By Neto Baptiste
The recent destruction of a cricket pitch at the New Winthorpes playing field between Wednesday night and the wee hours of Thursday this week, may just have been the last straw for a group of individuals conducting a cricket camp in that community.
One member of the group and renowned entrepreneur and race car driver, Renée Edwards-Ambrose, told Observer that grounds men discovered the partially dug up pitch on Thursday morning after they had rolled and covered it the night before.
This, she said, ironically came just one day after they were visited by the police who said they had received a report that the group had been using the field without permission, in what she describes as an ongoing struggle with the community’s sports club.
“What I suggested is that we make a report because, clearly, if they could have made a report that we were using the pitch without permission when we have evidence that we actually got permission, then we make a report that this is what is happening. So I am not sure what is going to happen from now; I think we have to sit down as a group now and decide the next course of action,” she said.
Ambrose explained that the “back and forth” started when she took on the challenge of working with West Indies women’s player, Shawnisha Hector, after she had lost her contract with the Cricket West Indies (CWI).
“It was like a back and forth banter with who we have to go to and get permission from to utilise the field, but I said no problem. I decided, on behalf of the group, to write to the community sports club asking for permission. I explained to them that initially, it was just Britney [Shawnisha Hector] but then it blossomed into more than just her as we had up to about 35 [children] at one point that actually came to practice and we got a letter to cease and desist from using the field,” she said.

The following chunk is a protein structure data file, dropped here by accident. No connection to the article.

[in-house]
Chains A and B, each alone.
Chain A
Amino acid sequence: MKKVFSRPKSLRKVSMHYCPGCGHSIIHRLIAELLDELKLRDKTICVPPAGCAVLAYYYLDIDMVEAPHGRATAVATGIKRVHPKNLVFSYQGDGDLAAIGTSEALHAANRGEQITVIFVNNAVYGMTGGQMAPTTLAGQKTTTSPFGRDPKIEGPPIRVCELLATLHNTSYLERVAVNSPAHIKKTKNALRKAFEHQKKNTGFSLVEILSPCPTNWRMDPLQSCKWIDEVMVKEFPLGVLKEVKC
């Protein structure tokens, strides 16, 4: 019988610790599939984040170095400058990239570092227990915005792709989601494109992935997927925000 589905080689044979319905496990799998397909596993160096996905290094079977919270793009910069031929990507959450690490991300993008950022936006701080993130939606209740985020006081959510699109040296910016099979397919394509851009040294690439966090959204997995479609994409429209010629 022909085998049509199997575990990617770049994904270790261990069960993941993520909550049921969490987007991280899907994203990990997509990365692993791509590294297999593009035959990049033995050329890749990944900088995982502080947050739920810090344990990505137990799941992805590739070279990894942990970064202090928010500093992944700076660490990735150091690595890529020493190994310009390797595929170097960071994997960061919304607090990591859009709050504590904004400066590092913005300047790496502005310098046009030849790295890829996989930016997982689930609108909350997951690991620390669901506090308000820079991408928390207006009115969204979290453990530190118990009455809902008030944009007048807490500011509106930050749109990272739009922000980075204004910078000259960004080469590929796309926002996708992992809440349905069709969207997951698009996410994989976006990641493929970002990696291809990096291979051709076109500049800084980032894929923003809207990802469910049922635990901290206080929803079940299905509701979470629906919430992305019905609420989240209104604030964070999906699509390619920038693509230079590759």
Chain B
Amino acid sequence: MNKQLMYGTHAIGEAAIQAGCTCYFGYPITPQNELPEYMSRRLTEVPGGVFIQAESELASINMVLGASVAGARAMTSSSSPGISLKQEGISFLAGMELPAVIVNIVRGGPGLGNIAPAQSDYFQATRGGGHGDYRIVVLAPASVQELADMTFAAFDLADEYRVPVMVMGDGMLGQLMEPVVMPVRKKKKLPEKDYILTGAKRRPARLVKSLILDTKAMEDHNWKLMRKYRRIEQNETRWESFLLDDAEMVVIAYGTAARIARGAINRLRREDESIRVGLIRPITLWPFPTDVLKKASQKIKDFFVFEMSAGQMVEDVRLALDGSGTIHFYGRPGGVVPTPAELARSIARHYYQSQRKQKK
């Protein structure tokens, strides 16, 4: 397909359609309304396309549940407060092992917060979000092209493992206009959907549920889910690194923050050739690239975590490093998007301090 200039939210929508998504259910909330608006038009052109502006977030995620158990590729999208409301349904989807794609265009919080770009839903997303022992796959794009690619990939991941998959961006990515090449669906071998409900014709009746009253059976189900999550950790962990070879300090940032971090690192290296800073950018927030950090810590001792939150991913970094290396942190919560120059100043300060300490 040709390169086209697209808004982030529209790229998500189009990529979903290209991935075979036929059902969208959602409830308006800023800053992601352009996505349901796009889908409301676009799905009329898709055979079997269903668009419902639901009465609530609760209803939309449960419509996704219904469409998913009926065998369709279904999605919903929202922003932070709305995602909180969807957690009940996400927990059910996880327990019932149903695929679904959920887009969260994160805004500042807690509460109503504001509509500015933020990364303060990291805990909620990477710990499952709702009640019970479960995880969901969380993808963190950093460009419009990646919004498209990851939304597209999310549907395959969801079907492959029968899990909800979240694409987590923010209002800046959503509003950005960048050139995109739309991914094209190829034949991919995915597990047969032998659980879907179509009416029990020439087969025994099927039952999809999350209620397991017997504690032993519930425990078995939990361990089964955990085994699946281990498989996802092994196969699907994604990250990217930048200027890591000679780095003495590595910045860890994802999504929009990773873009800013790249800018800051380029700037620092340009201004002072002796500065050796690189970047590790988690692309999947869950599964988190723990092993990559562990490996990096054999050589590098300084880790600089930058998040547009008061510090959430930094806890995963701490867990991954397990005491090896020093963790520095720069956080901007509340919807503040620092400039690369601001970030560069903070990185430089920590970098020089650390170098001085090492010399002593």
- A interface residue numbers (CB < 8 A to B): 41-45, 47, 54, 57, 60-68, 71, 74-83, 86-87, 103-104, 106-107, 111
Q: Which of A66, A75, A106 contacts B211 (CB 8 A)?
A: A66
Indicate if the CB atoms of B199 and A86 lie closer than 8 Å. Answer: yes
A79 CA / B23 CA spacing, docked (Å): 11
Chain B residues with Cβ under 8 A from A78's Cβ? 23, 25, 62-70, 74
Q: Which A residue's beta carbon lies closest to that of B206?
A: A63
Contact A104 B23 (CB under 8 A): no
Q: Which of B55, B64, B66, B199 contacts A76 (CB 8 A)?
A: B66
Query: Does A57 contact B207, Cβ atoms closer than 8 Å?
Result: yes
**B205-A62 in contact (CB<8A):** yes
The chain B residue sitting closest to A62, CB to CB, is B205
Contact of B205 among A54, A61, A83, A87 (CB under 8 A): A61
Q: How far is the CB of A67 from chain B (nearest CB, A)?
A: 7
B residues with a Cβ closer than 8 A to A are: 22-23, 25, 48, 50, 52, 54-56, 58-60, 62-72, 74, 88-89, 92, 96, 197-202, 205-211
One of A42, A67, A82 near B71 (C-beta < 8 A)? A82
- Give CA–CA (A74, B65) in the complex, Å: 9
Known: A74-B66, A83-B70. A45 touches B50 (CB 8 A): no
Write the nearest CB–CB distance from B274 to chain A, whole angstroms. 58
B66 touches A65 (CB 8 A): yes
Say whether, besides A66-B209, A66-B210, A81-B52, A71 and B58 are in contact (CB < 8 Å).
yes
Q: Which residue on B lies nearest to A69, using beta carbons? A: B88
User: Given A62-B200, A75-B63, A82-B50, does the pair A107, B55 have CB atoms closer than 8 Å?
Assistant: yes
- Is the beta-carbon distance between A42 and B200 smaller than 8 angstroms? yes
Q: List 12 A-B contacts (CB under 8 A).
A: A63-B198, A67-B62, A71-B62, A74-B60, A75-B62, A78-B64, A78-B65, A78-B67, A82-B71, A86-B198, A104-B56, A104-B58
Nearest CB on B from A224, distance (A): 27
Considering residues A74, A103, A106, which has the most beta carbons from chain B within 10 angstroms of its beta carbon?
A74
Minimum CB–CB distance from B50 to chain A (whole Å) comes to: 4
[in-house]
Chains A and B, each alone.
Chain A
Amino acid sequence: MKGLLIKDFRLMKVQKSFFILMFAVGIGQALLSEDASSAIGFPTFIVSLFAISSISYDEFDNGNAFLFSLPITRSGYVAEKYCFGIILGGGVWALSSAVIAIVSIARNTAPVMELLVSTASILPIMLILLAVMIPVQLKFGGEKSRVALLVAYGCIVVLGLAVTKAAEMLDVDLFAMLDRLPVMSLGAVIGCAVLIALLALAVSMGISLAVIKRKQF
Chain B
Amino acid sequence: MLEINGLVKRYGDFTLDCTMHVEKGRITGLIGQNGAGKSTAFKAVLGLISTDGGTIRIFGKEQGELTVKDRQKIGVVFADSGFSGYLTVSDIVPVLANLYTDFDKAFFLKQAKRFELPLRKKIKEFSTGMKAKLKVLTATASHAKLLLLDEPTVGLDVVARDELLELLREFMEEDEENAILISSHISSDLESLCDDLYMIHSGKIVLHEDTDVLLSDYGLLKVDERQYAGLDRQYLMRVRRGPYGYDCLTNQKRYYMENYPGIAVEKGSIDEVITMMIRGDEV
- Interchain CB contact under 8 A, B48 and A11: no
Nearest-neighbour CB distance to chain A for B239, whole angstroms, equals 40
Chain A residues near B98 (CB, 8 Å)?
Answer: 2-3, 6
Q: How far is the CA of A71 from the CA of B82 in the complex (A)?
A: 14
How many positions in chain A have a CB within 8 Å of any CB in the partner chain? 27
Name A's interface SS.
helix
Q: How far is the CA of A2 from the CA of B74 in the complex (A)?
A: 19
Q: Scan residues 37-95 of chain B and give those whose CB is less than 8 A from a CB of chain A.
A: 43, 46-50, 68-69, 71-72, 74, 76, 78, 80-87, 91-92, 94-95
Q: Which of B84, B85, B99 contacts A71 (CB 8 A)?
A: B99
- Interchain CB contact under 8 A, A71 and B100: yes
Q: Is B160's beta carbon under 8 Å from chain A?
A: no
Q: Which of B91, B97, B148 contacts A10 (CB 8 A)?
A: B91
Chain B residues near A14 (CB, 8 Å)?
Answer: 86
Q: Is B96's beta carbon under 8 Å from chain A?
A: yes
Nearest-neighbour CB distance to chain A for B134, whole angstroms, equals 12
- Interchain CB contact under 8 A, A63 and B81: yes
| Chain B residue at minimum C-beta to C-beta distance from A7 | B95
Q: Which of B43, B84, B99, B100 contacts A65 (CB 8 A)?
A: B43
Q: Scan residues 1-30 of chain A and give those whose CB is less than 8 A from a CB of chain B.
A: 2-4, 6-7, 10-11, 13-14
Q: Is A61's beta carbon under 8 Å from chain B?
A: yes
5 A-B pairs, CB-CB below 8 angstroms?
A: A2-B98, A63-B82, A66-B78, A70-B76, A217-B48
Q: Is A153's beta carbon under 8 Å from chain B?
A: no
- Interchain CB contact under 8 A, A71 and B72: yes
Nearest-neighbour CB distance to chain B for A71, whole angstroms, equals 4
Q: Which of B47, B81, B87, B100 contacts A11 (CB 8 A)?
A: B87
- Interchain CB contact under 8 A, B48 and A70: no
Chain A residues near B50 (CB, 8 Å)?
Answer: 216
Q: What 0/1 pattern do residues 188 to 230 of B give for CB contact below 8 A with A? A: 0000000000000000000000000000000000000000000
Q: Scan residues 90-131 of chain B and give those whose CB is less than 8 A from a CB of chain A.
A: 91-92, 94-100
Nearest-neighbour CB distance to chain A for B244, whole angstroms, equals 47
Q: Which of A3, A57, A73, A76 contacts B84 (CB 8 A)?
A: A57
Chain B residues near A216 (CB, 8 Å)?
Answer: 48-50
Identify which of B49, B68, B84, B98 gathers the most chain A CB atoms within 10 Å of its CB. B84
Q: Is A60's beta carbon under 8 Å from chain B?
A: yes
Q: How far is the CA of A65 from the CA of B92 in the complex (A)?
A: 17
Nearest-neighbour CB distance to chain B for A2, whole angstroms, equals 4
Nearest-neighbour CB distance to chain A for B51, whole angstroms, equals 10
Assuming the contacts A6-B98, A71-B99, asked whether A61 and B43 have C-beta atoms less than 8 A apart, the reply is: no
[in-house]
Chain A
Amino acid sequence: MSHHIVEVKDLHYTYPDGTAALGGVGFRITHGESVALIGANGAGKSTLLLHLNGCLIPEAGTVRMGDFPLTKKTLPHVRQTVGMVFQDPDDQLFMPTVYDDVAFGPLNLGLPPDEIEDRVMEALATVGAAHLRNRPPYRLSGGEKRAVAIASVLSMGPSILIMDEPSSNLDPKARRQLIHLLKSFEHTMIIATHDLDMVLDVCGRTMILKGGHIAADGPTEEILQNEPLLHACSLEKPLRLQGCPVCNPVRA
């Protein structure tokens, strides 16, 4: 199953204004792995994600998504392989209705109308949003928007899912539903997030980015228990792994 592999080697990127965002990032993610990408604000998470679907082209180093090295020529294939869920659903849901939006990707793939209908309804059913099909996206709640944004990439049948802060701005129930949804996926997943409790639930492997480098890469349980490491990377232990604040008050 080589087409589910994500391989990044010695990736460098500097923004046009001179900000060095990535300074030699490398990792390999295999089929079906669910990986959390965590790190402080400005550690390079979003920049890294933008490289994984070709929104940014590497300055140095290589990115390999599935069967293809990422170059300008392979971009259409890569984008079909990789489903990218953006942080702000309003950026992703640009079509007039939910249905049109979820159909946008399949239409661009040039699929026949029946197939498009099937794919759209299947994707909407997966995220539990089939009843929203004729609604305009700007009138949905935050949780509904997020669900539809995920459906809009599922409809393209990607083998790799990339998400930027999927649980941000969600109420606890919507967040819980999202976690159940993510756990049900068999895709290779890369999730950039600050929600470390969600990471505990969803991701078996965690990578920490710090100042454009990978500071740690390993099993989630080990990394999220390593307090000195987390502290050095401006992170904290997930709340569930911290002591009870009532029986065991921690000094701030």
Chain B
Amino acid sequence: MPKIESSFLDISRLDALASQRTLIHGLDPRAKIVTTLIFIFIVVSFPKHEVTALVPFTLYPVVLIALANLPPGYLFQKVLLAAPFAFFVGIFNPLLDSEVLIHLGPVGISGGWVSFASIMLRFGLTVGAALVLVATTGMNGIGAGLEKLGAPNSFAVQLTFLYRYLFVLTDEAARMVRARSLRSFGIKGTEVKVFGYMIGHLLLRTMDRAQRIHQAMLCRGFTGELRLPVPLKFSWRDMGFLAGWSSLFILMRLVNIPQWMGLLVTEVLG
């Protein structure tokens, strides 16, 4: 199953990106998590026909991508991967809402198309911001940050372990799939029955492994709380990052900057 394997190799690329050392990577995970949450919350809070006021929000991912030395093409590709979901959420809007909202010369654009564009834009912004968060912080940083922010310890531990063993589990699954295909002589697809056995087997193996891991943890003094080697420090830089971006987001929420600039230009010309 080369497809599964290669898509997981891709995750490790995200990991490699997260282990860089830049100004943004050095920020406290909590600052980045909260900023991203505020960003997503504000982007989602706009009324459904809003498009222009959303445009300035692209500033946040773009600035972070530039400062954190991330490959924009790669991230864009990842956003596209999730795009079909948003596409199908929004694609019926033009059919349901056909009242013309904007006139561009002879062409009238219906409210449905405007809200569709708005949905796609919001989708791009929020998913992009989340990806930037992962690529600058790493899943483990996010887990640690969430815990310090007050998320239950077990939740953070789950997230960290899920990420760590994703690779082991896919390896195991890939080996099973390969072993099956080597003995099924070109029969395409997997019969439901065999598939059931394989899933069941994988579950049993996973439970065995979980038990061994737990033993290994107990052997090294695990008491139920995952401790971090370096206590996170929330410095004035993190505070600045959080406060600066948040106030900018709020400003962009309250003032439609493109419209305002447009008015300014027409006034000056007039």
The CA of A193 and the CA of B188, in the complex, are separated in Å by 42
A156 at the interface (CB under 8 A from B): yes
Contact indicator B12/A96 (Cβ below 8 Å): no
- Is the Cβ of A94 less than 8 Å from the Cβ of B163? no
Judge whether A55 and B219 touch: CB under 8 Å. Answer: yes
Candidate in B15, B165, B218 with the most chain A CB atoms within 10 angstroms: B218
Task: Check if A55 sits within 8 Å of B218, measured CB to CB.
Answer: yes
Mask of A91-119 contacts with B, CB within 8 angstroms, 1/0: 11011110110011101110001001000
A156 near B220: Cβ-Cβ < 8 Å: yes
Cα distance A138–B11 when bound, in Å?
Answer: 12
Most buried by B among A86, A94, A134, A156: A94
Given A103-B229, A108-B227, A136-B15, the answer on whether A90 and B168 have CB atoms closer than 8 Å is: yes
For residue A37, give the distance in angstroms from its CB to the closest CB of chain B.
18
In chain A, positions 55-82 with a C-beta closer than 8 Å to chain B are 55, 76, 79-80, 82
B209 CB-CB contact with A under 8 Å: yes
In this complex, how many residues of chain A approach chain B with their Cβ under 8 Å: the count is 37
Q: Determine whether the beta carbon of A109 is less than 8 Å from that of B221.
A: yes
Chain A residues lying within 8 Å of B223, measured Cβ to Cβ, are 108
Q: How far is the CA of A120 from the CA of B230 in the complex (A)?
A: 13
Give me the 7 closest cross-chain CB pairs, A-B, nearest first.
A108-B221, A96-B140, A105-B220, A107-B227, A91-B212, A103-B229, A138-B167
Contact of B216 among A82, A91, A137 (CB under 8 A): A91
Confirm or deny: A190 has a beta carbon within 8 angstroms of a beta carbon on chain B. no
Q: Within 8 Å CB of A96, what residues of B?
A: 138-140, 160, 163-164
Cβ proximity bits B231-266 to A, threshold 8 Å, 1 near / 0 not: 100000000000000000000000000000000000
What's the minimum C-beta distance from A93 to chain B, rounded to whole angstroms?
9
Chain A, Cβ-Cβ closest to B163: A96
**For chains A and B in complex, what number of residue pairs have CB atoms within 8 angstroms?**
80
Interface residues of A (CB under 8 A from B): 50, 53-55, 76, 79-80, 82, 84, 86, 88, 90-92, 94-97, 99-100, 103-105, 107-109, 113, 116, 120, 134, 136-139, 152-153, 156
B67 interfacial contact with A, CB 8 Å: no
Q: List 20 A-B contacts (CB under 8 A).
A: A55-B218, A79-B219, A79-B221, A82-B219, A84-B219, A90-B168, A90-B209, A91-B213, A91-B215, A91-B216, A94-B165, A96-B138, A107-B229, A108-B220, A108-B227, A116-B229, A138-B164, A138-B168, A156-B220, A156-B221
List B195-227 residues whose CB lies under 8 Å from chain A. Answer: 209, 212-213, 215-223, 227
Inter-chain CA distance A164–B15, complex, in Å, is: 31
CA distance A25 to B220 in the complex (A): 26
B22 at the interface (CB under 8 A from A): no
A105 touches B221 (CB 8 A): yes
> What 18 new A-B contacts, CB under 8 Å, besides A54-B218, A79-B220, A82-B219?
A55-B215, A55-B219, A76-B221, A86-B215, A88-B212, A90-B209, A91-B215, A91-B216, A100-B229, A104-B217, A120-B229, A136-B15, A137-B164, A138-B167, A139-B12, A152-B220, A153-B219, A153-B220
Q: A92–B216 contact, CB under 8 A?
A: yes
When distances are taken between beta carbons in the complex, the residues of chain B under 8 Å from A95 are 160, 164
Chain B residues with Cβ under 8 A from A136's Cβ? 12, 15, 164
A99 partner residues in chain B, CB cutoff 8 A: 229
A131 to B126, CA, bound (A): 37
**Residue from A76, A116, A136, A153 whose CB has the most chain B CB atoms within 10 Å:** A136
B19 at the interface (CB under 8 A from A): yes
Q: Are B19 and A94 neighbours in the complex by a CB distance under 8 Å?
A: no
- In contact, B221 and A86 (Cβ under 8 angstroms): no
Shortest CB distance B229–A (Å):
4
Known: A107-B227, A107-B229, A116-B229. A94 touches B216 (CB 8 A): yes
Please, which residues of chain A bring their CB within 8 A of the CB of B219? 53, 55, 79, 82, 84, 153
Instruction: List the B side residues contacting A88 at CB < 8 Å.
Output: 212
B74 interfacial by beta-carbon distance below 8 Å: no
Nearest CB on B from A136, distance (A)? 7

She revealed that at one point, the issues had forced the group to move its activities to Pigotts playing field after law enforcement stopped them late last year. Ambrose added, however, that a lack of transportation for the young players saw them returning to New Winthorpes shortly after.
“On the 17th October last year, the [children were] on the field practicing and we saw the police come and we thought that it didn’t make sense because we had been doing this for the last six weeks. Having a conversation with the officers, we learnt that someone had called the police and the minister and said to them that we were having a game on the field,” Ambrose said.
“We had gone out to corporate Antigua to look for shields for the children for that Saturday and one of the mobile providers in Antigua had given us some tents and also gave us shirts. I don’t know if it had looked like a game from wherever that person was standing, but it really wasn’t a game, so we explained to the police officer that we understood, so no problem,” she added.
Ambrose said he body will meet and decide the way forward for the programme.